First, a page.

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Anne Frank’s disrespect in Japan

Posted Feb. 24, 2014, at 11:17 a.m.

There’s a reason the nuns in Queens had me and my classmates read Anne Frank’s “The Diary of a Young Girl” several times — the same reason that has made the book required reading around the globe. The 15-year-old’s account of hiding from the Nazis is impervious to nut jobs who argue the Holocaust is fiction.

Shockingly, in recent days at least 282 copies of Frank’s memoirs have been vandalized at 36 libraries across Tokyo — their pages torn or defaced. No one knows who did it, or why. But it requires an acrobatic feat of compartmentalization not to see the connection to Japan’s own recent efforts to deface history.

Earlier this month, the southern Japanese city of Minami Kyushu asked the U.N. World Heritage organization to enshrine farewell letters written by World War II kamikaze suicide pilots alongside documents such as Frank’s diaries and the Magna Carta. The request drew an immediate rebuke from China and stirred up Japan’s right wing. What many see as evidence of Japan’s wartime fanaticism, nationalists view as testaments to manly duty and devotion to the Emperor.

I have no evidence that Japan’s right-wingers are behind this clearly coordinated campaign to desecrate Frank’s work. Anti-Semitism isn’t particularly pervasive among Japanese — although one extremist group is organizing a 125th birthday party for the Fuhrer so fans can “converse, listening to Wagner’s music and enjoying wine together.”

One has to ask to what extent the return of nationalistic leader Shinzo Abe has encouraged such behavior. Though most attention has focused on Abe’s efforts to revive the economy, right-wingers have delighted in the prime minister’s other initiatives — to whitewash textbooks, beautify Japan’s wartime aggression, load the governing board of national broadcaster NHK with like-minded conservatives, and embolden the nation’s military.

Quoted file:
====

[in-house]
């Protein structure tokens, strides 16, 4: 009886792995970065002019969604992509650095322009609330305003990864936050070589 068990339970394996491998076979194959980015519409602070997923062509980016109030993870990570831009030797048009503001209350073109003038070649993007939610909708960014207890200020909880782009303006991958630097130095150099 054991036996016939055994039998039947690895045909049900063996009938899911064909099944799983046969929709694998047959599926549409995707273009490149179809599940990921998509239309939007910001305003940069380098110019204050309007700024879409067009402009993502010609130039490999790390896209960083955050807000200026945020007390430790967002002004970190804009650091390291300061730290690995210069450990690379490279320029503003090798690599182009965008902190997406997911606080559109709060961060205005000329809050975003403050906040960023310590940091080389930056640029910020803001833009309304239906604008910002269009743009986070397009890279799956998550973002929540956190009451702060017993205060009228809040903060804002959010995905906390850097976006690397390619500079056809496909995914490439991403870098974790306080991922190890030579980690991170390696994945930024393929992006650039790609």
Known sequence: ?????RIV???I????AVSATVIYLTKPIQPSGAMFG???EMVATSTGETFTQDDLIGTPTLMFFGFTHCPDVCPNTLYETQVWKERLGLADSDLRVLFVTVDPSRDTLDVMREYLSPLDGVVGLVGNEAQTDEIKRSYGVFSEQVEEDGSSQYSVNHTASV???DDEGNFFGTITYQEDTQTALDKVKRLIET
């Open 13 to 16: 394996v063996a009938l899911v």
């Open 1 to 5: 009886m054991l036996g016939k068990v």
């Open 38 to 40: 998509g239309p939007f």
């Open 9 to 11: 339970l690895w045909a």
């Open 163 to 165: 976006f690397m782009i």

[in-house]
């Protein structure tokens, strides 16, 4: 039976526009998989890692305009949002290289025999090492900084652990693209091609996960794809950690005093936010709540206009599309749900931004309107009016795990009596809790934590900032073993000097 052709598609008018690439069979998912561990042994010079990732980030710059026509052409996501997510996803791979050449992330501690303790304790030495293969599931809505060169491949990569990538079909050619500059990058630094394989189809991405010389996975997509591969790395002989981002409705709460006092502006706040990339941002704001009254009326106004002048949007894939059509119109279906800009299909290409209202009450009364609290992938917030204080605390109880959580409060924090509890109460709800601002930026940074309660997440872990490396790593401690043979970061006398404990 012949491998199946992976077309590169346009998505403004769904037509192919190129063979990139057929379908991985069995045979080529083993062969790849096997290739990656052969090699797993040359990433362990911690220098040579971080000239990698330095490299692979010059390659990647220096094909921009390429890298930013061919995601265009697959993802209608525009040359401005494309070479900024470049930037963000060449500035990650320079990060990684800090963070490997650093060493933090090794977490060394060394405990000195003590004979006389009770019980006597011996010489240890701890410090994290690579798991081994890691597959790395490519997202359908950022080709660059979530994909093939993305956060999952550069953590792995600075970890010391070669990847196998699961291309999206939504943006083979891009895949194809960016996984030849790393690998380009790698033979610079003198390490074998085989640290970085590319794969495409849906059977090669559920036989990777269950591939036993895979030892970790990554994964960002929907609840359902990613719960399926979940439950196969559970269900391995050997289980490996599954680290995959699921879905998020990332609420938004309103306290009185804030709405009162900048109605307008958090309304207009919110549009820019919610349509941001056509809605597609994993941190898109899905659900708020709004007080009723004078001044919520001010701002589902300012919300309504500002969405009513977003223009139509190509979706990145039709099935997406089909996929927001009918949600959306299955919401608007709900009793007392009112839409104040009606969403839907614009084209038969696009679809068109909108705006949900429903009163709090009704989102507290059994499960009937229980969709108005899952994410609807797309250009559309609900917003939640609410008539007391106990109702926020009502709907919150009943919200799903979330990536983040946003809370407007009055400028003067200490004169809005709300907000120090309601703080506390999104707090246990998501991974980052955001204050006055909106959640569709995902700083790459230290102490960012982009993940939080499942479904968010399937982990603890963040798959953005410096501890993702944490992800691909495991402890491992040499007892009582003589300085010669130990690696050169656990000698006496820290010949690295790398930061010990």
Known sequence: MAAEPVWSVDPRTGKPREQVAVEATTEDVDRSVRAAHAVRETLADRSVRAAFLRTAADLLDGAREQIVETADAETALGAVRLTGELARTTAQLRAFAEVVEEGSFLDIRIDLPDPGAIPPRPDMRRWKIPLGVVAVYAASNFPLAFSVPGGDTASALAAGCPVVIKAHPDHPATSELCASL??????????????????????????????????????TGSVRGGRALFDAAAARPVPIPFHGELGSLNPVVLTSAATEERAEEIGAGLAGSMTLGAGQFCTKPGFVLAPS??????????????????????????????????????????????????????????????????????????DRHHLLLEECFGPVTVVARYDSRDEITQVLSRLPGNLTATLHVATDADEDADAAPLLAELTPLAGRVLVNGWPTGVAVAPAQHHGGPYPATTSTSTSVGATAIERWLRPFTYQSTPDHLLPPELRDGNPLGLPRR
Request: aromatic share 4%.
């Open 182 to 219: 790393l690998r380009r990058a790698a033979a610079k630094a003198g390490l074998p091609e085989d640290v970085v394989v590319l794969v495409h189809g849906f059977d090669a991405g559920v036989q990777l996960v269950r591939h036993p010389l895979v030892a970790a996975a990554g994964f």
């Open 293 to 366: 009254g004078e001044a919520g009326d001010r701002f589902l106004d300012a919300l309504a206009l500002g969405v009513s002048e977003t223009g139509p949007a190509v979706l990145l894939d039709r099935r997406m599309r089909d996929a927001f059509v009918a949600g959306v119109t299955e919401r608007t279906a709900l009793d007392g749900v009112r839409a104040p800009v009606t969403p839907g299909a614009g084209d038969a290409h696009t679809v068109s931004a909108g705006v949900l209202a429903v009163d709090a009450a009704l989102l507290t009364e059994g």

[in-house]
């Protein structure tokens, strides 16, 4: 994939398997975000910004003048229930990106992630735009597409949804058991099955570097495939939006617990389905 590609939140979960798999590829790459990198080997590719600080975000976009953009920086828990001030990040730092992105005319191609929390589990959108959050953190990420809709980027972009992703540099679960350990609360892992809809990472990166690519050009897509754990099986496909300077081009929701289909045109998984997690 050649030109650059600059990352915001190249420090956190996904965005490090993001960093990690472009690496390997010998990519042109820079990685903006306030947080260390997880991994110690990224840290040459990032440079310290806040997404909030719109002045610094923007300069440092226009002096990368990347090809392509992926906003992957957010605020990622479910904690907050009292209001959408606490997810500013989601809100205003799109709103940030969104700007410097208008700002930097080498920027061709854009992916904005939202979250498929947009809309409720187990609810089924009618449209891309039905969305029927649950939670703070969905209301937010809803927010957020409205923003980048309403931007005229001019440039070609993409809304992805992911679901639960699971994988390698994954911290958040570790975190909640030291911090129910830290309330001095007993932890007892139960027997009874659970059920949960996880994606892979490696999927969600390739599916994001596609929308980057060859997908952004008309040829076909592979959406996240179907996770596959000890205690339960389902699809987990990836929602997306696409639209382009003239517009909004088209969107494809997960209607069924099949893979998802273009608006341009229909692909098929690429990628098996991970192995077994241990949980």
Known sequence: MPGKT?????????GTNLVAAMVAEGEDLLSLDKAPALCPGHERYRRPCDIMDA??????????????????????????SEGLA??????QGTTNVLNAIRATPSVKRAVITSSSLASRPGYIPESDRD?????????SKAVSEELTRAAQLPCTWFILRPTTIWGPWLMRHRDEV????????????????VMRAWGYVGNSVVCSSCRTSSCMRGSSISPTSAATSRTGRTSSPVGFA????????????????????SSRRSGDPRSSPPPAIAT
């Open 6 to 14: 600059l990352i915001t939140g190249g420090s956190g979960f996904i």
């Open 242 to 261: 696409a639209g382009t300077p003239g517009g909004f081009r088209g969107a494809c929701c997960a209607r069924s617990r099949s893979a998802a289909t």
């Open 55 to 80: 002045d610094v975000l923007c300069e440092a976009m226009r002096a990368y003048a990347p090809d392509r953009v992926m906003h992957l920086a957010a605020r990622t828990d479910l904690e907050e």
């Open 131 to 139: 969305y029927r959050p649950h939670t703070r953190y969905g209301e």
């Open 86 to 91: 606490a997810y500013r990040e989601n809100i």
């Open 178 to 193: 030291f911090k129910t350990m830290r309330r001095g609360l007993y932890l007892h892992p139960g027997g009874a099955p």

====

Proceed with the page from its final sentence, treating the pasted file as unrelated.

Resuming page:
When Abe and his ilk explain why Japan should be able to honor its dead soldiers and rewrite its pacifist constitution, they highlight how their nation has been a model global citizen. The argument is not without merit. For 68 years now, Japan has been a peaceful, generous and reasonably cooperative power.

Yet Abe’s rightward turn could squander much of the “soft power” Japan amassed since then. Japanese don’t tend to track events in Richmond, Va., and Glendale, Calif., very closely. But it’s in these two American cities that officials in Tokyo can get a glimpse of their nation’s future. It’s not pretty.

On Feb. 6, the Virginia legislature passed a bill to change textbooks to say the Sea of Japan is also known as the East Sea. It may not seem like a big deal, but the move outraged Japan. The change came at the behest of fast-rising contingent of Korean-American voters who are wielding that power to right what they view as historical wrongs by Japan 7,000 miles away. Tokyo has also taken great umbrage at a “comfort women” statue in the Los Angeles area erected by Asian Americans, and protests from Japanese diplomats and an online petition to President Barack Obama have gone unheeded. More and more, Chinese-Americans are showing up at Japanese consulates with protest placards, including in December when Abe visited Yasukuni.

As Abe preaches the glory of patriotism more than capitalism, expect Korea and China to intensify efforts around the world to shame Tokyo. Take Xi Jinping’s trip to Germany next month. According to Reuters, the Chinese president plans to highlight Germany’s atonement for the sins of World War II, in order to embarrass Japan. It’s a reminder that statements from Japanese politicians have repeatedly undercut the country’s many apologies for its wartime behavior.

Abe’s mandate from voters is the economy, not prettifying some ugly moments in the nation’s history. He should get back to that job. But first he must unequivocally condemn the Frank attacks in clear and strong terms. Few issues are more cut-and-dry than the need to denounce anti-Semitism in all forms. This isn’t an issue to be left to Abe’s cabinet chief, Yoshihide Suga, whose name isn’t widely known outside Japan. It’s a task for the nation’s leader, and Abe’s silence is, like much of his other signaling thus far, damaging the nation’s interests.

William Pesek is a Bloomberg View columnist. Follow him on Twitter at @williampesek.

 

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